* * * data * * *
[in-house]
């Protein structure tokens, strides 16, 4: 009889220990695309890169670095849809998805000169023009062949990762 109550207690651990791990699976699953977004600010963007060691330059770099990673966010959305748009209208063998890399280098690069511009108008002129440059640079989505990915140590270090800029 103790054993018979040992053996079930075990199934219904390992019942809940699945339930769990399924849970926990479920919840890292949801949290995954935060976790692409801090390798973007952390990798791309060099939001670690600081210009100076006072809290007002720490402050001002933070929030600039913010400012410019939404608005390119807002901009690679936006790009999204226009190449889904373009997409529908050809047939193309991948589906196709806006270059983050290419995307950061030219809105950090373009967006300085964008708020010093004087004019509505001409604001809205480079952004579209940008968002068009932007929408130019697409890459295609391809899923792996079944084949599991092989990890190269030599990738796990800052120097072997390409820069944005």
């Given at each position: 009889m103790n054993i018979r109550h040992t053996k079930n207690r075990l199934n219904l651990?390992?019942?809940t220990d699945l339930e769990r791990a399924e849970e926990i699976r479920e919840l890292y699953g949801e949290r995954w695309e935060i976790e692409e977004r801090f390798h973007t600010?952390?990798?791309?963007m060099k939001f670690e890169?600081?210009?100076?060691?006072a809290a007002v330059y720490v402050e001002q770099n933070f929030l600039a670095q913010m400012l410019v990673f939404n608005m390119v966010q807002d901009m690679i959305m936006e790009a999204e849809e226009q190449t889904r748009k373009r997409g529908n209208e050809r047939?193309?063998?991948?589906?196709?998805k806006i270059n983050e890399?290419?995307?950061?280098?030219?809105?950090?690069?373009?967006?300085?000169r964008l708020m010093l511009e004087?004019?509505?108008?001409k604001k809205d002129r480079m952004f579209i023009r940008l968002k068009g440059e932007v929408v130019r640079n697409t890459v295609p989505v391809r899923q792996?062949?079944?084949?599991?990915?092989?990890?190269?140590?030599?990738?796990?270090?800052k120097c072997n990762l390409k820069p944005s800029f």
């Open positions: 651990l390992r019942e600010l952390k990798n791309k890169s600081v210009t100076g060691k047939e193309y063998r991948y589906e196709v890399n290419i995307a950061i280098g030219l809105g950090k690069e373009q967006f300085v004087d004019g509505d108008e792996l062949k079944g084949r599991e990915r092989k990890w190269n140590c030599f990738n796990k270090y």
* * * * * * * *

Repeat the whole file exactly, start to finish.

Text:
[in-house]
């Protein structure tokens, strides 16, 4: 009889220990695309890169670095849809998805000169023009062949990762 109550207690651990791990699976699953977004600010963007060691330059770099990673966010959305748009209208063998890399280098690069511009108008002129440059640079989505990915140590270090800029 103790054993018979040992053996079930075990199934219904390992019942809940699945339930769990399924849970926990479920919840890292949801949290995954935060976790692409801090390798973007952390990798791309060099939001670690600081210009100076006072809290007002720490402050001002933070929030600039913010400012410019939404608005390119807002901009690679936006790009999204226009190449889904373009997409529908050809047939193309991948589906196709806006270059983050290419995307950061030219809105950090373009967006300085964008708020010093004087004019509505001409604001809205480079952004579209940008968002068009932007929408130019697409890459295609391809899923792996079944084949599991092989990890190269030599990738796990800052120097072997390409820069944005």
């Given at each position: 009889m103790n054993i018979r109550h040992t053996k079930n207690r075990l199934n219904l651990?390992?019942?809940t220990d699945l339930e769990r791990a399924e849970e926990i699976r479920e919840l890292y699953g949801e949290r995954w695309e935060i976790e692409e977004r801090f390798h973007t600010?952390?990798?791309?963007m060099k939001f670690e890169?600081?210009?100076?060691?006072a809290a007002v330059y720490v402050e001002q770099n933070f929030l600039a670095q913010m400012l410019v990673f939404n608005m390119v966010q807002d901009m690679i959305m936006e790009a999204e849809e226009q190449t889904r748009k373009r997409g529908n209208e050809r047939?193309?063998?991948?589906?196709?998805k806006i270059n983050e890399?290419?995307?950061?280098?030219?809105?950090?690069?373009?967006?300085?000169r964008l708020m010093l511009e004087?004019?509505?108008?001409k604001k809205d002129r480079m952004f579209i023009r940008l968002k068009g440059e932007v929408v130019r640079n697409t890459v295609p989505v391809r899923q792996?062949?079944?084949?599991?990915?092989?990890?190269?140590?030599?990738?796990?270090?800052k120097c072997n990762l390409k820069p944005s800029f």
């Open positions: 651990l390992r019942e600010l952390k990798n791309k890169s600081v210009t100076g060691k047939e193309y063998r991948y589906e196709v890399n290419i995307a950061i280098g030219l809105g950090k690069e373009q967006f300085v004087d004019g509505d108008e792996l062949k079944g084949r599991e990915r092989k990890w190269n140590c030599f990738n796990k270090y």